In any case, my argument remains that what is needed in education is not an ideology to dominate the ethos and learning of a school. I have no wish to use education as a means of making people conform to my ideals. My aim is for education to give reasonable freedom to young people in their personal and intellectual development, as well as the resources of knowledge and skills that they need to develop.
What we don’t need in education is for schools to see themselves as the transmitters of unquestioned and unquestionable precepts in place of intellectual freedom. Religious schools around the world are more likely to be led into that temptation than secular ones.
I agree that utilitarian arguments are not persuasive. This is about principles. We are debating in the context of an international magazine with readers from different cultural and religious contexts. In our globalized world, accommodating difference is not just a question of choice. It is learning to live with irreducible diversity in a way that requires a sustained endeavour to reason wisely and well in engagement with others about who we are and how we should live. The resources for this are found in many traditions, of which secular humanism is only one. It must take its place within and not over and above other traditions.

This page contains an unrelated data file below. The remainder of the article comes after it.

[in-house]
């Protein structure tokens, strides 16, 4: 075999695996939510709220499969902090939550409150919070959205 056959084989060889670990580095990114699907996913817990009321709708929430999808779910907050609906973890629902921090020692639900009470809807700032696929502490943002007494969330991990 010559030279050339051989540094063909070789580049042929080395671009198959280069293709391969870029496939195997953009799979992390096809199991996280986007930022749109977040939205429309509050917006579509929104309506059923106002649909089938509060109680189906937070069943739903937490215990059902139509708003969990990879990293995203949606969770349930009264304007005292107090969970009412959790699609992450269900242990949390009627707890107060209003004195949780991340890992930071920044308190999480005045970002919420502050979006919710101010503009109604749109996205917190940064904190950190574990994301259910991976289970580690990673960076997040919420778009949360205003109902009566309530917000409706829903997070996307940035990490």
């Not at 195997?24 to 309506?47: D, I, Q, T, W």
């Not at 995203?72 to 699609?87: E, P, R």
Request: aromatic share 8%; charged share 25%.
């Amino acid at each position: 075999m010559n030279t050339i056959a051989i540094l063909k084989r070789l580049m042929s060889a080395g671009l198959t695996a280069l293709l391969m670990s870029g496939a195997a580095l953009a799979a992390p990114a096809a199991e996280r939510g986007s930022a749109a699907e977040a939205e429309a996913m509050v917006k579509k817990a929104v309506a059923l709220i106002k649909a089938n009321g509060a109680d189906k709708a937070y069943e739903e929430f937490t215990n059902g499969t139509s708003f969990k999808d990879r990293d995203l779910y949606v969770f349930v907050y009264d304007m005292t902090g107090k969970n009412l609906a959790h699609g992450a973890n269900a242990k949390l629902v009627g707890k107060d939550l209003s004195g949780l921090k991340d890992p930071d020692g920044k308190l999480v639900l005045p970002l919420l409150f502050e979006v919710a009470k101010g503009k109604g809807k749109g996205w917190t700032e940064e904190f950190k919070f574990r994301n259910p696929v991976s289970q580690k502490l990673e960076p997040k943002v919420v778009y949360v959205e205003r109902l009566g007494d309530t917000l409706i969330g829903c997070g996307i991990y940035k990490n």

My defence of faith schools is not rooted in a belief that they are better than secular schools, but in the principle that no one worldview should be allowed to obliterate all others. Whether you admit it or not, yours is a worldview that is neither universal nor demonstrably better or worse than any other at fostering human happiness.
Good faith schools can teach students to think, to reason and to engage critically with a range of different ideas and beliefs, including their own. The answer is not to eliminate faith schools, but to ensure that both secular and faith schools have good resources, good teachers, a balanced curriculum, and a capacity to inspire love of learning, love of life, and respect for and responsibility to others in their students.
I’ve enjoyed this debate. My Catholic-educated adult children agree with you. Proves my point, doesn’t it?